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Sarah Wylie
Senior Lettings Consultant
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Georgia Timson
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Evelyn Eden
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How to avoid arguments when moving home

June 28, 2021

They say moving home is up there with death and divorce in terms of stress levels. It’s hardly surprising given the sums of money involved, the level of commitment required and the pressure of deadlines. Together, these elements can put a strain on any relationship, whether you are buying with a friend, sibling or partner. Here’s our guide to surviving one of life’s most testing times with as few squabbles as possible.

Acknowledge that not everybody is equal

Money is often at the heart of arguments and it’s no different when it comes to property – perhaps one person has put down more of the deposit or maybe one buyer is going to pay more of the monthly mortgage repayment. If you’re the party stumping up the most cash, the temptation is to use this as a position of superiority in arguments, or to take control, which can lead to resentment further on. Quarrels can be avoided if there is a serious ‘clear the air’ discussion before any property is bought.

Explore a ‘Deed of Trust’

This is also known as a Declaration of Trust, and protects the financial interests of the buyer who is contributing more – an important aspect if there should be a parting of ways in the future. A Deed of Trust ensures shared assets are divided fairly, and it covers instances where one buyer is stumping up a bigger deposit, paying off more of the mortgage or is picking up the cost of the property’s maintenance. Just having this legal agreement in place can ward off arguments.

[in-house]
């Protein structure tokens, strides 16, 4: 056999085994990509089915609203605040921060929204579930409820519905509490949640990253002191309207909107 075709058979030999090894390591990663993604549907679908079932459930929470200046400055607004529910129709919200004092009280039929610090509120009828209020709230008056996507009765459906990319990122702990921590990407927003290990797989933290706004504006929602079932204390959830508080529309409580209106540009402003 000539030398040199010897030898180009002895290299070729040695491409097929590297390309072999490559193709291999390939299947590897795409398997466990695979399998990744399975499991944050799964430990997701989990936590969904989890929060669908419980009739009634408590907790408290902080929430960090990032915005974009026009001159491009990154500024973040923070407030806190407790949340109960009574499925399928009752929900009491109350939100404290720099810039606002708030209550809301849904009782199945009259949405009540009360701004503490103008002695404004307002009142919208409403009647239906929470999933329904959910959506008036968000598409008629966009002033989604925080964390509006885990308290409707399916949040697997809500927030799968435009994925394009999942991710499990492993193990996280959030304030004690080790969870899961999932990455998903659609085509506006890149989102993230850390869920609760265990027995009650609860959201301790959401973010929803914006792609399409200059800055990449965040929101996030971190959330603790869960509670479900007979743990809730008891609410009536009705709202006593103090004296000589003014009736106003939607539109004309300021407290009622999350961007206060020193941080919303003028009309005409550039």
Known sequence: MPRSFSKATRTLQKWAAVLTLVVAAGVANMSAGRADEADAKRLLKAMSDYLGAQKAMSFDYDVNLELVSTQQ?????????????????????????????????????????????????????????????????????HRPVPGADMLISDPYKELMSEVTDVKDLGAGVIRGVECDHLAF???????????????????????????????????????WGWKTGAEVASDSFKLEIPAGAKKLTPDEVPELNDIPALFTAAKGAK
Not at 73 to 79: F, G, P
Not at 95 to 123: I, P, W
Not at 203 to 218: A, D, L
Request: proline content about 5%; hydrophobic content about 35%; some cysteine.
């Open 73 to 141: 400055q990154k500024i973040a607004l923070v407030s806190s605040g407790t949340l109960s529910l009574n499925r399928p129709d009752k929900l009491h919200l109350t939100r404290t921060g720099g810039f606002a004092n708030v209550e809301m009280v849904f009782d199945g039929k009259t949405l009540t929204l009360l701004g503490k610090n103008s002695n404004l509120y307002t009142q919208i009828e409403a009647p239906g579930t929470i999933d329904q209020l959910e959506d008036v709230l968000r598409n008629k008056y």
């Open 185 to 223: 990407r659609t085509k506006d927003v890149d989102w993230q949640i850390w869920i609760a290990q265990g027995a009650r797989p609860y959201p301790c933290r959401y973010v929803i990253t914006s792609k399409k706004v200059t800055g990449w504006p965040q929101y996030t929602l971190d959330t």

Sharing the same property vision

It’s no good looking at property without discussing what you can afford and really need beforehand. Being dragged along to a house that’s £50,000 over your budget or that is too far from a school, for instance, will lead to tension. Make sure you agree on what you can afford before going anywhere near a ‘for sale’ sign. Agreeing on a budget and a shared list of things a new home must have can also stop buyers falling out. Use two columns – ‘essential’ and ‘preferable’ – so you’re both working towards the same vision.

Split the admin

There is a fair share of paperwork and administration involved when buying a property and if you have a property to sell too, that workload can double. Filling in forms, chasing solicitors and talking to mortgage lenders can be time-consuming and tedious. Split the admin side of things equally to avoid one person feeling like they have been burdened with the mundane but crucial tasks.

And if it goes wrong…

…..don’t blame each other. Sadly some property purchases never get off the ground or the transaction fails to clear the final hurdle but this is usually because of factors outside of the buyers’ control – especially if you’re in a property chain. Focusing on a new plan made together is much better than dwelling on the ‘what ifs’.

If you are looking to buy a property with a friend, relative or partner, we’re here to help. Although we won’t take sides in any arguments, we will be here with impartial, constructive and useful advice.

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